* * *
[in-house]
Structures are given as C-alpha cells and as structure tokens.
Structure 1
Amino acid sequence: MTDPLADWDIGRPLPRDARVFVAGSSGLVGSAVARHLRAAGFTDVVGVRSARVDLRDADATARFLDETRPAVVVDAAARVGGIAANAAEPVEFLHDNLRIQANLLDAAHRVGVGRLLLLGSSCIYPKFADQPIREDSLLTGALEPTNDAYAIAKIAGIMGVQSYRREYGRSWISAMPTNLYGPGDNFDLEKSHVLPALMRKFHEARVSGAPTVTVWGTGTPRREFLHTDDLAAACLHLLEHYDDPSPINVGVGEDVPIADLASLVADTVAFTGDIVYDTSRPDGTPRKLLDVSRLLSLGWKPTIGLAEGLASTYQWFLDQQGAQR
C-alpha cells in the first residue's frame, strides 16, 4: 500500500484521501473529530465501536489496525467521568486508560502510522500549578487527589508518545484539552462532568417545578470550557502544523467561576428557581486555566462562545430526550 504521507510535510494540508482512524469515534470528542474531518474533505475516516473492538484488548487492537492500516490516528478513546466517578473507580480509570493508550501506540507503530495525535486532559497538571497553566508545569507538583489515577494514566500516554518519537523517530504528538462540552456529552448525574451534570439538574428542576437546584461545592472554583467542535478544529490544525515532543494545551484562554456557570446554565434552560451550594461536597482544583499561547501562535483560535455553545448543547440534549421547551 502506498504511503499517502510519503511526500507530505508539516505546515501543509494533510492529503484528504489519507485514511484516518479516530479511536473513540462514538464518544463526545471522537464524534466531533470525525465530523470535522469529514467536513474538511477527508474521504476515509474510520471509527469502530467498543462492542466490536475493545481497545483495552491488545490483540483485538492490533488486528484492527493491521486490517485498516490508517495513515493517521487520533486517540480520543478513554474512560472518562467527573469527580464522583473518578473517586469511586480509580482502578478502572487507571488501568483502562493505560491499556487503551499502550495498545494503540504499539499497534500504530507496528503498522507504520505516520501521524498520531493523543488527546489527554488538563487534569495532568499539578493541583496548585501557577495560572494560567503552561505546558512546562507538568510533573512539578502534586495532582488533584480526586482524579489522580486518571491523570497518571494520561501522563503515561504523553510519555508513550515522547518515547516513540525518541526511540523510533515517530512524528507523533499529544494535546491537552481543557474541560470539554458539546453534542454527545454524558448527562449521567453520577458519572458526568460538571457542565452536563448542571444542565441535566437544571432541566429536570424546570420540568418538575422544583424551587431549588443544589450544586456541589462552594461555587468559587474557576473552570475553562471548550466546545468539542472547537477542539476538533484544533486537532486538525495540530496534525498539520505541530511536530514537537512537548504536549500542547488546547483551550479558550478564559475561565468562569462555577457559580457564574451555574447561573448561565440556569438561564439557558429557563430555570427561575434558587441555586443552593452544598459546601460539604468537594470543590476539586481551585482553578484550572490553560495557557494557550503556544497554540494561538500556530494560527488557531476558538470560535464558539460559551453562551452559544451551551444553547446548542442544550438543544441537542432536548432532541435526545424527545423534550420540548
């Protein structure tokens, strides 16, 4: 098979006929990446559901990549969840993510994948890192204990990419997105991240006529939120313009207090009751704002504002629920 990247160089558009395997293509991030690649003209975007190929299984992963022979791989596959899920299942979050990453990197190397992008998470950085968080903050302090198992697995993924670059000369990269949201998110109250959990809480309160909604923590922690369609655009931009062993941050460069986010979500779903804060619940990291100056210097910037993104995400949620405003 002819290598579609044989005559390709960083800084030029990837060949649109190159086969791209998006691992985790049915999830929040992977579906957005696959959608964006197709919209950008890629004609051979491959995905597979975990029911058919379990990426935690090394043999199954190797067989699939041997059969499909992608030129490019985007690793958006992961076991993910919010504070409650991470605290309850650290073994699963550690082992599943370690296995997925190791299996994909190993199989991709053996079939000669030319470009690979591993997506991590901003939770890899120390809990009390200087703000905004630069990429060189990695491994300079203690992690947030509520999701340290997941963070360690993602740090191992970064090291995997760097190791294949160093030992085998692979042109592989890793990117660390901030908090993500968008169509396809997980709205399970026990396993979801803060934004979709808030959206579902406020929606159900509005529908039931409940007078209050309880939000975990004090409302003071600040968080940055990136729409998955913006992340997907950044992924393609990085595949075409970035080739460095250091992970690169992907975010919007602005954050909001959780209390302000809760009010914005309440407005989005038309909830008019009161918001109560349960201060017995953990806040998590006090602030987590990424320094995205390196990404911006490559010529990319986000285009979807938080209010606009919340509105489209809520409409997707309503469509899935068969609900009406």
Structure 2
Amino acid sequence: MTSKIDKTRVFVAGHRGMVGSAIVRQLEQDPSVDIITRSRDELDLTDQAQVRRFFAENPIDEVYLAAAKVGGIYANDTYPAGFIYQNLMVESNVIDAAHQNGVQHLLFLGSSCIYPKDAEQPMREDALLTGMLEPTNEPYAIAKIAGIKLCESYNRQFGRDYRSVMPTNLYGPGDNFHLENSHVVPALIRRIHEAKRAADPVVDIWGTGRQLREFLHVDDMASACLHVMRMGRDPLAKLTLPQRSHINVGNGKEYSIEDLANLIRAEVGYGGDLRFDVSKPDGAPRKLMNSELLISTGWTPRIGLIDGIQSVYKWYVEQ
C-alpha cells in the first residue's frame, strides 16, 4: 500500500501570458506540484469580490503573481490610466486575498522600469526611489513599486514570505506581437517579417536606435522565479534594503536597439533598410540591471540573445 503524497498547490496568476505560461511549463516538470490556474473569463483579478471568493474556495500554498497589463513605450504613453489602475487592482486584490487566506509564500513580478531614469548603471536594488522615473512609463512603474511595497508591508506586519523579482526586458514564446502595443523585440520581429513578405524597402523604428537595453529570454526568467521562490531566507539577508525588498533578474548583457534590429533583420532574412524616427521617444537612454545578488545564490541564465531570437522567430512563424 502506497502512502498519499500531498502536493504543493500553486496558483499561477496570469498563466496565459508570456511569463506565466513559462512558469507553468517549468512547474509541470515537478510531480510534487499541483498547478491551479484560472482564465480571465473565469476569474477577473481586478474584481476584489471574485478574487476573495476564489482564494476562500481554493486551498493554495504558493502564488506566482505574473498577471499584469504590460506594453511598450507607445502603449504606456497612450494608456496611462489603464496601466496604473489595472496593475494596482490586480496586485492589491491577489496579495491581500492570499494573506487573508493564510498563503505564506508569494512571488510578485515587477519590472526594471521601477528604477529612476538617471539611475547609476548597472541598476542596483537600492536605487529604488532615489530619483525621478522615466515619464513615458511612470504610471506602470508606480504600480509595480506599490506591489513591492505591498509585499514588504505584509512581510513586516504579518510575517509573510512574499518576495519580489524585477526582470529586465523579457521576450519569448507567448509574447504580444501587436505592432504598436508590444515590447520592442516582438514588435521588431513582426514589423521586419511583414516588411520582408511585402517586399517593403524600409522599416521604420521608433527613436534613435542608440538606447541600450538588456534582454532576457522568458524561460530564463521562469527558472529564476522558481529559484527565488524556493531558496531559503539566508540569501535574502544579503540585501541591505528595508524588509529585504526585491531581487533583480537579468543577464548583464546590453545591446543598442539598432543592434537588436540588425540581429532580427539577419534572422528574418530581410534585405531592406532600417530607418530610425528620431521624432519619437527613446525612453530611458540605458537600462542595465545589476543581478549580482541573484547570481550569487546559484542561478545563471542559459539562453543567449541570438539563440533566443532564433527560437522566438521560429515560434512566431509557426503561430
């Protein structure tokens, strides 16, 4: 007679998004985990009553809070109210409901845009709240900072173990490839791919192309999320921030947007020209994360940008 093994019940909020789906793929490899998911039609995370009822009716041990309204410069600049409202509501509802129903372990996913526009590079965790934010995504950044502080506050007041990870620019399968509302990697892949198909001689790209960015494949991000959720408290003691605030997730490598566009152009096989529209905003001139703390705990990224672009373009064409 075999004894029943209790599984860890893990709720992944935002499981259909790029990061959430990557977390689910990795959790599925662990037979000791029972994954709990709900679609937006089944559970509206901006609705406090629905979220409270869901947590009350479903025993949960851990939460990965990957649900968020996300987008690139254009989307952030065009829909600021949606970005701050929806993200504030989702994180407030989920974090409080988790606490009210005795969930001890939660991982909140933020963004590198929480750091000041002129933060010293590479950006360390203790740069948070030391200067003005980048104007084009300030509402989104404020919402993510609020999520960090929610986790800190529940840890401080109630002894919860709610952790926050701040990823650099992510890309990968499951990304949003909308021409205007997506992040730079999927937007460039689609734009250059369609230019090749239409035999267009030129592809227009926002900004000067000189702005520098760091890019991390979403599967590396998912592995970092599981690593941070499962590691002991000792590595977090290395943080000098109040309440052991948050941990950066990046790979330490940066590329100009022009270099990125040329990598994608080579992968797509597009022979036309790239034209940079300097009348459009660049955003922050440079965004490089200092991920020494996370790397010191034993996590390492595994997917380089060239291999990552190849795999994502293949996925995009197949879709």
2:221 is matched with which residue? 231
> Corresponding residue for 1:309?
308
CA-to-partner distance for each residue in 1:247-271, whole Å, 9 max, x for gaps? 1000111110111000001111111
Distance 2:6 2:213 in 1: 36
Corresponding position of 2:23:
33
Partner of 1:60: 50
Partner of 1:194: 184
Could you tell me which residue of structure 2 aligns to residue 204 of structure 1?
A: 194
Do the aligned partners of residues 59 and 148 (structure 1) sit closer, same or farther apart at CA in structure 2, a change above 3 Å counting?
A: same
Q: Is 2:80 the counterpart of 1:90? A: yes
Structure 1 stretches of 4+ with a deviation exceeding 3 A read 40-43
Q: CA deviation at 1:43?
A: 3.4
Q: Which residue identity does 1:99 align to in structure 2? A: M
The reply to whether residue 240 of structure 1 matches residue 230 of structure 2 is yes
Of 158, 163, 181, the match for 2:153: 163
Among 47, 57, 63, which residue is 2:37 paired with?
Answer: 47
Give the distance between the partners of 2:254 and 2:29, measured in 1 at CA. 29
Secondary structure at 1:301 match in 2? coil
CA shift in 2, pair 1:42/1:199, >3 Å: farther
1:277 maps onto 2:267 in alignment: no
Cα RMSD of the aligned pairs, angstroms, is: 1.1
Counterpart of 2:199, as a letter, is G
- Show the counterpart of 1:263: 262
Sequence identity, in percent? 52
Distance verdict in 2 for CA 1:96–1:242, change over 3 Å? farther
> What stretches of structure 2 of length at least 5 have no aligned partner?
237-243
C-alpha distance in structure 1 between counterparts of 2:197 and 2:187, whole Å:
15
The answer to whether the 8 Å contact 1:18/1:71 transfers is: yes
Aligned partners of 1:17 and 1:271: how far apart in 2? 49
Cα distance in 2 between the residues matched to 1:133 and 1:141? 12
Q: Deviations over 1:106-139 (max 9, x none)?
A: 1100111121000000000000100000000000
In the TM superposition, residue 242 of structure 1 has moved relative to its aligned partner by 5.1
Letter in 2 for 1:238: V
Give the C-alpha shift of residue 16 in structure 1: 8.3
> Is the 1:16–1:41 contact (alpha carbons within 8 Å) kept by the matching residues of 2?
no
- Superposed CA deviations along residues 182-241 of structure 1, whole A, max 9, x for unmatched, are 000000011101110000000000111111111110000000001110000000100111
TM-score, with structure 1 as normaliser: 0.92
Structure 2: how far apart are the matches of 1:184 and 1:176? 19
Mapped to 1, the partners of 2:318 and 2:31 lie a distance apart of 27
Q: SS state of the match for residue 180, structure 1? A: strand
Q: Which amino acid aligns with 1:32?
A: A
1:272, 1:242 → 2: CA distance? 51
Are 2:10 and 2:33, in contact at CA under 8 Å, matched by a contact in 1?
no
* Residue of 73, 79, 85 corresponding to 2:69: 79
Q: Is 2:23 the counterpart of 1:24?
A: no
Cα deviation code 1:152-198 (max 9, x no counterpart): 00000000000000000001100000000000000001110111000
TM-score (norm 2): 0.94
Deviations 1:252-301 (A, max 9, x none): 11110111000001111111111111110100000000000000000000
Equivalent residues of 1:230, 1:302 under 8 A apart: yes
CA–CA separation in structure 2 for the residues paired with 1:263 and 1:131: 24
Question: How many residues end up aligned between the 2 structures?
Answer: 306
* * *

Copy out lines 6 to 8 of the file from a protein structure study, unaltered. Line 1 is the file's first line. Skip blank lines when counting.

């Protein structure tokens, strides 16, 4: 098979006929990446559901990549969840993510994948890192204990990419997105991240006529939120313009207090009751704002504002629920 990247160089558009395997293509991030690649003209975007190929299984992963022979791989596959899920299942979050990453990197190397992008998470950085968080903050302090198992697995993924670059000369990269949201998110109250959990809480309160909604923590922690369609655009931009062993941050460069986010979500779903804060619940990291100056210097910037993104995400949620405003 002819290598579609044989005559390709960083800084030029990837060949649109190159086969791209998006691992985790049915999830929040992977579906957005696959959608964006197709919209950008890629004609051979491959995905597979975990029911058919379990990426935690090394043999199954190797067989699939041997059969499909992608030129490019985007690793958006992961076991993910919010504070409650991470605290309850650290073994699963550690082992599943370690296995997925190791299996994909190993199989991709053996079939000669030319470009690979591993997506991590901003939770890899120390809990009390200087703000905004630069990429060189990695491994300079203690992690947030509520999701340290997941963070360690993602740090191992970064090291995997760097190791294949160093030992085998692979042109592989890793990117660390901030908090993500968008169509396809997980709205399970026990396993979801803060934004979709808030959206579902406020929606159900509005529908039931409940007078209050309880939000975990004090409302003071600040968080940055990136729409998955913006992340997907950044992924393609990085595949075409970035080739460095250091992970690169992907975010919007602005954050909001959780209390302000809760009010914005309440407005989005038309909830008019009161918001109560349960201060017995953990806040998590006090602030987590990424320094995205390196990404911006490559010529990319986000285009979807938080209010606009919340509105489209809520409409997707309503469509899935068969609900009406």
Structure 2
Amino acid sequence: MTSKIDKTRVFVAGHRGMVGSAIVRQLEQDPSVDIITRSRDELDLTDQAQVRRFFAENPIDEVYLAAAKVGGIYANDTYPAGFIYQNLMVESNVIDAAHQNGVQHLLFLGSSCIYPKDAEQPMREDALLTGMLEPTNEPYAIAKIAGIKLCESYNRQFGRDYRSVMPTNLYGPGDNFHLENSHVVPALIRRIHEAKRAADPVVDIWGTGRQLREFLHVDDMASACLHVMRMGRDPLAKLTLPQRSHINVGNGKEYSIEDLANLIRAEVGYGGDLRFDVSKPDGAPRKLMNSELLISTGWTPRIGLIDGIQSVYKWYVEQ